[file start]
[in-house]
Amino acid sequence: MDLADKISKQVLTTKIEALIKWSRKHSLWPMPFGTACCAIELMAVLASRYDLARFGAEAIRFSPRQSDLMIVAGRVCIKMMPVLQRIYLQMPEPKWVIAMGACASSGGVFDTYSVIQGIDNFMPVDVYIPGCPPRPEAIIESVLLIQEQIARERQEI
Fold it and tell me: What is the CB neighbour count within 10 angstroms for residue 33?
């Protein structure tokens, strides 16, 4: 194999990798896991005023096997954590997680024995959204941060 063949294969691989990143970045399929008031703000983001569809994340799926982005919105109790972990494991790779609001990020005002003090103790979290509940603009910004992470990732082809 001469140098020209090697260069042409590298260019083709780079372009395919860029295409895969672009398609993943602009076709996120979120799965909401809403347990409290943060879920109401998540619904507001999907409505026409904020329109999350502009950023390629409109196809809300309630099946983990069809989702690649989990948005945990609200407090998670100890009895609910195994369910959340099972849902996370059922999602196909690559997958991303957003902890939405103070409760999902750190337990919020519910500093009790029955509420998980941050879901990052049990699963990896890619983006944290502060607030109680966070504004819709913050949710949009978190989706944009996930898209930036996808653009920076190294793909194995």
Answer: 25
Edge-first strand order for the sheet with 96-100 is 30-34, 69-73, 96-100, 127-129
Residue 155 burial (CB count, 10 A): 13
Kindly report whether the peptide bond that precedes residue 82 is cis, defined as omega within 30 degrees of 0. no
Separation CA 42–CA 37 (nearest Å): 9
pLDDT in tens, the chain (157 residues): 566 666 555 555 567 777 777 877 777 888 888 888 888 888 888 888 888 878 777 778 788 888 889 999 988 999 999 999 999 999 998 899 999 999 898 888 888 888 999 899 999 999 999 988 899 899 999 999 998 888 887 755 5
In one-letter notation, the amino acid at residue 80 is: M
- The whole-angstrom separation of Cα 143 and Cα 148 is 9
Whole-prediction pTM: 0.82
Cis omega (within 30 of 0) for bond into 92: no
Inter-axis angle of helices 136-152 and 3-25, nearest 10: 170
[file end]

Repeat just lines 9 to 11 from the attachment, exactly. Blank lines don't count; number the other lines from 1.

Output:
Separation CA 42–CA 37 (nearest Å): 9
pLDDT in tens, the chain (157 residues): 566 666 555 555 567 777 777 877 777 888 888 888 888 888 888 888 888 878 777 778 788 888 889 999 988 999 999 999 999 999 998 899 999 999 898 888 888 888 999 899 999 999 999 988 899 899 999 999 998 888 887 755 5
In one-letter notation, the amino acid at residue 80 is: M